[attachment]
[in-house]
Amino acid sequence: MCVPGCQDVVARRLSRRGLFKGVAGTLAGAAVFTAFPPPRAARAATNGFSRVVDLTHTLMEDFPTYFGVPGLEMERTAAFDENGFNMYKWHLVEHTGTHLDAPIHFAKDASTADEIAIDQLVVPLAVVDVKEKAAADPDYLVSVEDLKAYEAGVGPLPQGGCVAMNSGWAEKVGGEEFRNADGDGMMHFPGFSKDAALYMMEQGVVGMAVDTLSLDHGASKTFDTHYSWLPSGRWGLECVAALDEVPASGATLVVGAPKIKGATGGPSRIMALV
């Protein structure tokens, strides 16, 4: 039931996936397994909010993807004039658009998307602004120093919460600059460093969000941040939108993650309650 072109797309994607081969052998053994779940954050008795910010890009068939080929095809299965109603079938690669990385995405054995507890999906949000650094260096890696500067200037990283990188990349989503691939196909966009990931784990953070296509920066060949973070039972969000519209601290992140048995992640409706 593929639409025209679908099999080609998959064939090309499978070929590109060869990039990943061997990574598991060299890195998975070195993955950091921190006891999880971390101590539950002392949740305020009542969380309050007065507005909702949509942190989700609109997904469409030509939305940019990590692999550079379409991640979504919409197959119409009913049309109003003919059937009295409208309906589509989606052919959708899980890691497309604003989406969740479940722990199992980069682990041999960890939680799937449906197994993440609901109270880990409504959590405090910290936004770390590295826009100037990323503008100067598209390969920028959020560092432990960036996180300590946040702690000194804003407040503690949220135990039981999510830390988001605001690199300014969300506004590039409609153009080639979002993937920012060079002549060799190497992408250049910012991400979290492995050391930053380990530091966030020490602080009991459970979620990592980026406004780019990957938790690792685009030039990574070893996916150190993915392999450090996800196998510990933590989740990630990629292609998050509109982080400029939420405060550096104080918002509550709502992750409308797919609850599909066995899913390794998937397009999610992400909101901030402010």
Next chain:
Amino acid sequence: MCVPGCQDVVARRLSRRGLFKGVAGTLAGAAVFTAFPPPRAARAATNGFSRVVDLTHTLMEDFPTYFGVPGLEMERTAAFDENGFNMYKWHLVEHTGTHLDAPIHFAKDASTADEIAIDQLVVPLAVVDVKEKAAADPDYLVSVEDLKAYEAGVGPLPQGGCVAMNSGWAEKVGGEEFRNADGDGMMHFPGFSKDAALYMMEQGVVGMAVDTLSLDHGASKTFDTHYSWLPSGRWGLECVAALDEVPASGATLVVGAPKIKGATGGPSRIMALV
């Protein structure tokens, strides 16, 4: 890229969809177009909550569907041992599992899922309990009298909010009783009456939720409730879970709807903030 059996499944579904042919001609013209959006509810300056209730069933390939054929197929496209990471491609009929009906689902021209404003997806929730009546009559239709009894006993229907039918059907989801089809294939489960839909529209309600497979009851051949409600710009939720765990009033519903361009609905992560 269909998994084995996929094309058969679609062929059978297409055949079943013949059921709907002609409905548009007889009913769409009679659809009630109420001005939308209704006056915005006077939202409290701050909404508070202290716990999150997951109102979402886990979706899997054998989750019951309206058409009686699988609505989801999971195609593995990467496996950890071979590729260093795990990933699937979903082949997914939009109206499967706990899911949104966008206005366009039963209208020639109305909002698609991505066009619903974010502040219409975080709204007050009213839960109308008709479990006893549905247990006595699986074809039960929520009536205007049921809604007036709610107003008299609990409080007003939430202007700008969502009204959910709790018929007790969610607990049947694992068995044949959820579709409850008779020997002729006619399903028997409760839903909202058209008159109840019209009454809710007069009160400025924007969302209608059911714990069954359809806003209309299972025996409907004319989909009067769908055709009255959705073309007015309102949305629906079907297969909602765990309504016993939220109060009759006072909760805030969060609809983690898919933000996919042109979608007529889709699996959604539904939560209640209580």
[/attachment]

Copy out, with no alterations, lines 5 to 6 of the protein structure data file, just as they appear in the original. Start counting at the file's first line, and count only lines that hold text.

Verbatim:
Amino acid sequence: MCVPGCQDVVARRLSRRGLFKGVAGTLAGAAVFTAFPPPRAARAATNGFSRVVDLTHTLMEDFPTYFGVPGLEMERTAAFDENGFNMYKWHLVEHTGTHLDAPIHFAKDASTADEIAIDQLVVPLAVVDVKEKAAADPDYLVSVEDLKAYEAGVGPLPQGGCVAMNSGWAEKVGGEEFRNADGDGMMHFPGFSKDAALYMMEQGVVGMAVDTLSLDHGASKTFDTHYSWLPSGRWGLECVAALDEVPASGATLVVGAPKIKGATGGPSRIMALV
């Protein structure tokens, strides 16, 4: 890229969809177009909550569907041992599992899922309990009298909010009783009456939720409730879970709807903030 059996499944579904042919001609013209959006509810300056209730069933390939054929197929496209990471491609009929009906689902021209404003997806929730009546009559239709009894006993229907039918059907989801089809294939489960839909529209309600497979009851051949409600710009939720765990009033519903361009609905992560 269909998994084995996929094309058969679609062929059978297409055949079943013949059921709907002609409905548009007889009913769409009679659809009630109420001005939308209704006056915005006077939202409290701050909404508070202290716990999150997951109102979402886990979706899997054998989750019951309206058409009686699988609505989801999971195609593995990467496996950890071979590729260093795990990933699937979903082949997914939009109206499967706990899911949104966008206005366009039963209208020639109305909002698609991505066009619903974010502040219409975080709204007050009213839960109308008709479990006893549905247990006595699986074809039960929520009536205007049921809604007036709610107003008299609990409080007003939430202007700008969502009204959910709790018929007790969610607990049947694992068995044949959820579709409850008779020997002729006619399903028997409760839903909202058209008159109840019209009454809710007069009160400025924007969302209608059911714990069954359809806003209309299972025996409907004319989909009067769908055709009255959705073309007015309102949305629906079907297969909602765990309504016993939220109060009759006072909760805030969060609809983690898919933000996919042109979608007529889709699996959604539904939560209640209580």